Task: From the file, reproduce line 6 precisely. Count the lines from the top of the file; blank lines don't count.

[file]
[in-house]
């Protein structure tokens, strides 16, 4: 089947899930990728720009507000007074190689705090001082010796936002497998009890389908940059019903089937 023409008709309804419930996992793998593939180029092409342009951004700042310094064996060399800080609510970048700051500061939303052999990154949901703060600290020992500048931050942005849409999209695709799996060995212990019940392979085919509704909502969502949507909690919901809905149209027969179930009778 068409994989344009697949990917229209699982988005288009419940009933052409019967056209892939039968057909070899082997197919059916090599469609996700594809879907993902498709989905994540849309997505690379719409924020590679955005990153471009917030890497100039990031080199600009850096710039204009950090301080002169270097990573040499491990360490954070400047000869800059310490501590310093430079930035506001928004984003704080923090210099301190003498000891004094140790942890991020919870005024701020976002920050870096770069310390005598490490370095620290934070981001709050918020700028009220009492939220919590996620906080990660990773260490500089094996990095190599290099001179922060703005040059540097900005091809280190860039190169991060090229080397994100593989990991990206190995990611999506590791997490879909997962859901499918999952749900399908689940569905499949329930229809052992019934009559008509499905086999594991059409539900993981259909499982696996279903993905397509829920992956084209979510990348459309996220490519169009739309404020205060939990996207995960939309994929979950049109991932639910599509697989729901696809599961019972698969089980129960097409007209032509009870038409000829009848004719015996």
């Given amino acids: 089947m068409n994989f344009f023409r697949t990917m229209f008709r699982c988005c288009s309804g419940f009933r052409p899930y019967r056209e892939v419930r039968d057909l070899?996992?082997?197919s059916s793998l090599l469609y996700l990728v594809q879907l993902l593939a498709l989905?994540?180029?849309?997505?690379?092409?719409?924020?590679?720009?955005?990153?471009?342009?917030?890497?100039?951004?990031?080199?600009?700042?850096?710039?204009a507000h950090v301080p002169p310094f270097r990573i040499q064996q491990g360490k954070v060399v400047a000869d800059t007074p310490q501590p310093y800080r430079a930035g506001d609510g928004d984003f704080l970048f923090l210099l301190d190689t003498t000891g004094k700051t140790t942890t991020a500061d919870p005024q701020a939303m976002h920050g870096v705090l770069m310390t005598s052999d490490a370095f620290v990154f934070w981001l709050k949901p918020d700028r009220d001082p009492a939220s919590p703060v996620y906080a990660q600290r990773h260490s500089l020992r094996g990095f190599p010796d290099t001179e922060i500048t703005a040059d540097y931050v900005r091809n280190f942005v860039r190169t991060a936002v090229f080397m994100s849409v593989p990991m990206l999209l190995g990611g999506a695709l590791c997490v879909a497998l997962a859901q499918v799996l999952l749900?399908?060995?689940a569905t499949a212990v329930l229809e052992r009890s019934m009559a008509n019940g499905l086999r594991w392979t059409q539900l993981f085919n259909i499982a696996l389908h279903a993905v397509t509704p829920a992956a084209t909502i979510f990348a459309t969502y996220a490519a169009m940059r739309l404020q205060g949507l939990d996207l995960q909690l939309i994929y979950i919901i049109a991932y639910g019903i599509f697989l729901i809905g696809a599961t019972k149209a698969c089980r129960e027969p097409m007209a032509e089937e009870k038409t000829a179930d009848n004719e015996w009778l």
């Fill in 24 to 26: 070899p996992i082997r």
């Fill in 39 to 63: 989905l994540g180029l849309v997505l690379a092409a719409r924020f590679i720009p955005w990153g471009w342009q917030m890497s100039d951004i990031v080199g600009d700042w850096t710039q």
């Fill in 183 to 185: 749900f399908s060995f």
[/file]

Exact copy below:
């Fill in 183 to 185: 749900f399908s060995f």